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By Collin Breaux | Twitter: @collin_breaux
The importance of the equestrian lifestyle in San Juan Capistrano is illustrated in a story longtime equestrian Julie Ryan Johnson likes to tell about a time she visited Starbucks during a horse-riding event.
The coffee shop that day was out of pastries, having forgotten to increase their supply as usual in anticipation of equestrian events and the visitors they bring. People visiting San Juan for equestrian events—or just to check on their horses at the stables in town—have contributed to the local economy in various ways, including shopping at grocery stories, dining out at local restaurants, and staying at hotels.
The equestrian lifestyle—synonymous in many ways with San Juan—is at risk of fading away, though, due to a number of factors.
“I don’t think I’m exaggerating when I say it’s kind of at the tipping point,” said Johnson, one of the board members for the San Juan Capistrano Equestrian Coalition. “The stables have been family-run businesses. As it goes on to the next generation, that generation is having to deal with more issues. They may be looking at the land and deciding it’s more profitable to sell it.”
Among those issues are CAFO (Concentrated Animal Feeding Operation) governmental regulations, which now apply to equestrian activities. Johnson said CAFO regulations were originally designed for dairy, swine, and feedlots since those categories concentrate animals in one place. The horses fall under the regulations, because they are considered livestock.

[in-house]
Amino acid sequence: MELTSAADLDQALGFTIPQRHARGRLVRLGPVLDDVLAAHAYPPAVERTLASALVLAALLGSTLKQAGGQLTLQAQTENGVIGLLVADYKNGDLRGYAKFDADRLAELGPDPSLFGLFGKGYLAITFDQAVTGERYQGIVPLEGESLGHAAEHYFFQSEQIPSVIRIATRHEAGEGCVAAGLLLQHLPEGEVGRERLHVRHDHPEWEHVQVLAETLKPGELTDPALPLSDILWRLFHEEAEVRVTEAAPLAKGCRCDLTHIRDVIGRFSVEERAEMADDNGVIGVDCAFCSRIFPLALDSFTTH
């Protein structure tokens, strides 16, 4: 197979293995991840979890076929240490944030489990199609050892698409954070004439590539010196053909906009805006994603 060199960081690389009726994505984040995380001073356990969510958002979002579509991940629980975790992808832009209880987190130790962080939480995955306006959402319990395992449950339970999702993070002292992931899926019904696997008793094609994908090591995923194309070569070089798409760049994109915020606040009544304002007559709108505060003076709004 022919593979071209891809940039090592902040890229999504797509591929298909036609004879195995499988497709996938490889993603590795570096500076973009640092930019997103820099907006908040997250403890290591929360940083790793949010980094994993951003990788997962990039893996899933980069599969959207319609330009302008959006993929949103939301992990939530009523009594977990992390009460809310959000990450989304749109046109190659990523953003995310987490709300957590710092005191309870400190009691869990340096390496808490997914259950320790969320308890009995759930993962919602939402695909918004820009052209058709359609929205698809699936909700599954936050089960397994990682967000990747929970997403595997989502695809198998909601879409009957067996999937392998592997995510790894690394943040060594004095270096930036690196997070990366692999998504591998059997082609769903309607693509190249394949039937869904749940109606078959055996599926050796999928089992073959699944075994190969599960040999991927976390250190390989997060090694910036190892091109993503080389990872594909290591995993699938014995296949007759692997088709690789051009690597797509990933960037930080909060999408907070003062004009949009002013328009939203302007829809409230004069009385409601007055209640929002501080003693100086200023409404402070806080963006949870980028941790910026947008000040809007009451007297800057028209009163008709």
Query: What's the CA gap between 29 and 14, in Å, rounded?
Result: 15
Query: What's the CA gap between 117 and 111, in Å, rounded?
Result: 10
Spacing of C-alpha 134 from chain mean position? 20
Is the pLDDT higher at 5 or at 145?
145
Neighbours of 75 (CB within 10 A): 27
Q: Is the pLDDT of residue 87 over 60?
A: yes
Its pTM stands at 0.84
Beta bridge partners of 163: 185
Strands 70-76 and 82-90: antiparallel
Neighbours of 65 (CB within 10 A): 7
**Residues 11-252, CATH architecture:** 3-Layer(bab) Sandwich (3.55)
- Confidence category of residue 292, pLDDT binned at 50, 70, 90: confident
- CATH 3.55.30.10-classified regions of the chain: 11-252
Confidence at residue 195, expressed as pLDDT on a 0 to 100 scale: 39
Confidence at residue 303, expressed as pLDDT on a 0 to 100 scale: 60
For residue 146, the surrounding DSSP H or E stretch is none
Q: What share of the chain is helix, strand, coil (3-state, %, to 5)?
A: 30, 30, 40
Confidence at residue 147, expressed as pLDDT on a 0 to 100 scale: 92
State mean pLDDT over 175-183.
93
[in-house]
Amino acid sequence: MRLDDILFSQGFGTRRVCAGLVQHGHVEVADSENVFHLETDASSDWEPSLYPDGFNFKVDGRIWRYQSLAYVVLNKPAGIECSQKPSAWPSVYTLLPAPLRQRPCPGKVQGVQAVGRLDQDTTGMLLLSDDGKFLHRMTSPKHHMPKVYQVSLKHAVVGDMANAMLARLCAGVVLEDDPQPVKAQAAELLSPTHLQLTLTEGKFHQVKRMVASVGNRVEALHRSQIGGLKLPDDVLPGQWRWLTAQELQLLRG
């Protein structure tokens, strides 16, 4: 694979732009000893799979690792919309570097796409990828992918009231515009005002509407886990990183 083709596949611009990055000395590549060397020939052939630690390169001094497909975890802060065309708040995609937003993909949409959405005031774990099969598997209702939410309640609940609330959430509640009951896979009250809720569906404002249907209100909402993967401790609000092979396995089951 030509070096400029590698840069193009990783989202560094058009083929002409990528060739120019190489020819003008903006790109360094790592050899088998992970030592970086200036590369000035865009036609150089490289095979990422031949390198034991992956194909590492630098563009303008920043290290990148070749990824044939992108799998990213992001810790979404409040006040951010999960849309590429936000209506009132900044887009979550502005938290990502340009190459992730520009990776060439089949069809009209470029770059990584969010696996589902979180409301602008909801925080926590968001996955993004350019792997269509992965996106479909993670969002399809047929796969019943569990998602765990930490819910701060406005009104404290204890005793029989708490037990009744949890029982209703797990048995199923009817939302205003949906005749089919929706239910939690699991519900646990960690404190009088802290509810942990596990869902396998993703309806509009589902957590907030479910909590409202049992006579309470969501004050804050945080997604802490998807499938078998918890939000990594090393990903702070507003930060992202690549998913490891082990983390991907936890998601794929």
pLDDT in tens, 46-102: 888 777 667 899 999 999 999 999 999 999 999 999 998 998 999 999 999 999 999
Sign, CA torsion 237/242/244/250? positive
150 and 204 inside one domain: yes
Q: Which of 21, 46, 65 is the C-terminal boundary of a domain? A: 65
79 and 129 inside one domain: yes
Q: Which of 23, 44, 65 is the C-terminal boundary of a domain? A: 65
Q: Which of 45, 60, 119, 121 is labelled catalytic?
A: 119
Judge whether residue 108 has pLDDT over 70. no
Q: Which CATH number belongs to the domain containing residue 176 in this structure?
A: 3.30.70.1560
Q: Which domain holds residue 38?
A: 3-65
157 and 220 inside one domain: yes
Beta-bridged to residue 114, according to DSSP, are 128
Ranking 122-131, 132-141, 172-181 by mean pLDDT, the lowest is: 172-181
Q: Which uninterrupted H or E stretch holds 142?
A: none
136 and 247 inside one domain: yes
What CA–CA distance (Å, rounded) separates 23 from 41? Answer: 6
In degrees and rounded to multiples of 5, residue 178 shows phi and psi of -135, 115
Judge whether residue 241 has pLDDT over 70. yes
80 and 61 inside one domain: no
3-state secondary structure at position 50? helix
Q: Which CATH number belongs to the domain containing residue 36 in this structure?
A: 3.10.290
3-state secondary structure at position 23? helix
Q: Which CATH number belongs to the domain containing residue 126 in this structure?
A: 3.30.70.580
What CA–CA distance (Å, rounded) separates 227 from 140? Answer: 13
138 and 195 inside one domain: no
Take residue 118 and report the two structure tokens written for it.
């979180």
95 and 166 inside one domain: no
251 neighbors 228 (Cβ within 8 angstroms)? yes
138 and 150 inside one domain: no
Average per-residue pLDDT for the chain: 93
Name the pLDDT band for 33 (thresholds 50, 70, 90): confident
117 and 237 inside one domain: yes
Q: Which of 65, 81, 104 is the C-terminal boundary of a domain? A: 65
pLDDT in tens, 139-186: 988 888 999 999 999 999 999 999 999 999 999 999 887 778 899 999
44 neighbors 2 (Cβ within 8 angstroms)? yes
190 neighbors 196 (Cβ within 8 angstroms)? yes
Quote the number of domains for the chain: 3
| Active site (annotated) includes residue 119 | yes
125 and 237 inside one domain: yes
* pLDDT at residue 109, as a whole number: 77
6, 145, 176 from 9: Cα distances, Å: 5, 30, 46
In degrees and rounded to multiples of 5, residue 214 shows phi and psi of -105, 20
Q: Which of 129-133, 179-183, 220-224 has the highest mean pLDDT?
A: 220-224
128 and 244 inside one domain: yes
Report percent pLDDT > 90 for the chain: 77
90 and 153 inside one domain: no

“It was never intended to have anything to do with the horse,” Johnson said. “To me, the horse is a companion animal.”
Rancho Mission Viejo Riding Park, a popular equestrian activity spot, is considered a large “concentrated animal feeding operation.” Allegations that the riding park contributed to pollution in San Juan Creek—claims denied by the city and the park’s operator, Blenheim Facility Management—were the subject of a 2017 lawsuit by the environmental organization Orange County Coastkeeper. The lawsuit ultimately resulted in upgrades to the general Eastern Open Space, which is costing the city millions.
“Blenheim’s horses, when they have a horse show, the horses are in and out,” Johnson said. “It’s not like they stay there. They’re there 24 to 48 hours. That really doesn’t technically meet the definition. Unfortunately, it is what it is.”
When reached for comment, Garry Brown—founding director for Coastkeeper—said one of the pillars of their overall program is the enforcement of clean water laws, and they challenge dischargers who are polluting waterways—with a focus on cleaning up the community’s watershed.